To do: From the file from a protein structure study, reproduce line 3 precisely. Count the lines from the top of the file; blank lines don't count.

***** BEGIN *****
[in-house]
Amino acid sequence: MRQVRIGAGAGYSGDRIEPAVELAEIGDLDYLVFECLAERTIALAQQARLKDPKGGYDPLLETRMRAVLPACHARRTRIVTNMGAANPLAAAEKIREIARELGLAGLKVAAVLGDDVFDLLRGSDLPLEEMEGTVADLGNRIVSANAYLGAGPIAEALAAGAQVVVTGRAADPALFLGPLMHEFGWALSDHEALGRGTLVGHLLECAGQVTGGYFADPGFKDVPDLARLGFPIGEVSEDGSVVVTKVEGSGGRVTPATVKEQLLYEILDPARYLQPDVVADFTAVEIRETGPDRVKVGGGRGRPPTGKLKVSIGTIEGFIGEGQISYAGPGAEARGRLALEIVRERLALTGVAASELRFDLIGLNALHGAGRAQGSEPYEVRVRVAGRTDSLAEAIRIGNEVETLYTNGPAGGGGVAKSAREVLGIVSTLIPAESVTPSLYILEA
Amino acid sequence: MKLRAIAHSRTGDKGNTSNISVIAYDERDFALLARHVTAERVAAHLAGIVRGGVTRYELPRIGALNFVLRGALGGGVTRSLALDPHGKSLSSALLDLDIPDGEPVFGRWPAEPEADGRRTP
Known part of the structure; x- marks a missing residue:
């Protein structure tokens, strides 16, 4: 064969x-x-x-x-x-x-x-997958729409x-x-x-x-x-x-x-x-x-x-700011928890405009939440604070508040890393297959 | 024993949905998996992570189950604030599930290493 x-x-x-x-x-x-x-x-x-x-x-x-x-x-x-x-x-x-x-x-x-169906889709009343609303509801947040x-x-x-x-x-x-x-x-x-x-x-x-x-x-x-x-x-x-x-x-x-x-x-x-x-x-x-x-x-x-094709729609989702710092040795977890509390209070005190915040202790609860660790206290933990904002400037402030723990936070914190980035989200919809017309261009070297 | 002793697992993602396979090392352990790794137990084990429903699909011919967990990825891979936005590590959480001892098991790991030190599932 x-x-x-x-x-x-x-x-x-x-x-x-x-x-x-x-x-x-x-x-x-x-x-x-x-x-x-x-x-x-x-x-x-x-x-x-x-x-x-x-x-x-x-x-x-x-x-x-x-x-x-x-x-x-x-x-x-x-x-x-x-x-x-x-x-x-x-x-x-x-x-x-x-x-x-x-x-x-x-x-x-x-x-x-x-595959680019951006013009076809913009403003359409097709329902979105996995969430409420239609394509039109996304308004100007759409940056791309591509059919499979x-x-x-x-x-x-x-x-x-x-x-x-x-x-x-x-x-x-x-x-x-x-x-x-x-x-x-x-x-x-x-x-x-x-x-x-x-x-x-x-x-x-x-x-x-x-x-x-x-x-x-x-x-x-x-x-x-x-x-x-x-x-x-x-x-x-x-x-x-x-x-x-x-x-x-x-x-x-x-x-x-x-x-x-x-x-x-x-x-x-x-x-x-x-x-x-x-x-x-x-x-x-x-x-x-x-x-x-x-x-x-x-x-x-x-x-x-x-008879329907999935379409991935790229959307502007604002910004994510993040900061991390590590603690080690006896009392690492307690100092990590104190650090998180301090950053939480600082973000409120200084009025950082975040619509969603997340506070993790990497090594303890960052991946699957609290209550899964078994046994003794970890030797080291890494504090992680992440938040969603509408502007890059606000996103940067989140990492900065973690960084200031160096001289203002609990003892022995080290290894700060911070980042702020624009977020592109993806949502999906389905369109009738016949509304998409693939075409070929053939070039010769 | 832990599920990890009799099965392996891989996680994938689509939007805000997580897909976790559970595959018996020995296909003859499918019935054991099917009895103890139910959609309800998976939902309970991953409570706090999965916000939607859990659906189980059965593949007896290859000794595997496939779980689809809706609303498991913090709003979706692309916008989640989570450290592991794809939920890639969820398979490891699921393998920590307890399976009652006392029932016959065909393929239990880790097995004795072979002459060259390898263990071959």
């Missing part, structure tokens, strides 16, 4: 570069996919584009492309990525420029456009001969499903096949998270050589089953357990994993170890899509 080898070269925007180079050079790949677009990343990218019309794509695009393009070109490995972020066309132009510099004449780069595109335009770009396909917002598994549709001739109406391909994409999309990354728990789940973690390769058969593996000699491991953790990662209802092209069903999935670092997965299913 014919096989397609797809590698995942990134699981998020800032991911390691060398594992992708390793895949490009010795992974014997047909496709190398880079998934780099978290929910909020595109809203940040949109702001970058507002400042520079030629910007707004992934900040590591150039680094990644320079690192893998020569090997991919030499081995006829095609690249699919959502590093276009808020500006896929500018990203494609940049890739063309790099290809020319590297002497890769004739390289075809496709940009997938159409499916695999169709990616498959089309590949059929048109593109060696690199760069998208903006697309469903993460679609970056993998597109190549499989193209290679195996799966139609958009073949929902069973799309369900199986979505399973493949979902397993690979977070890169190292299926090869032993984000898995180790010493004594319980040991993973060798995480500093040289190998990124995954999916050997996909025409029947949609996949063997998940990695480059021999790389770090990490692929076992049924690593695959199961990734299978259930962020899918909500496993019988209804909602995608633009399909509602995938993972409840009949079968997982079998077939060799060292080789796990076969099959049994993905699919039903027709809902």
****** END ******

Amino acid sequence: MKLRAIAHSRTGDKGNTSNISVIAYDERDFALLARHVTAERVAAHLAGIVRGGVTRYELPRIGALNFVLRGALGGGVTRSLALDPHGKSLSSALLDLDIPDGEPVFGRWPAEPEADGRRTP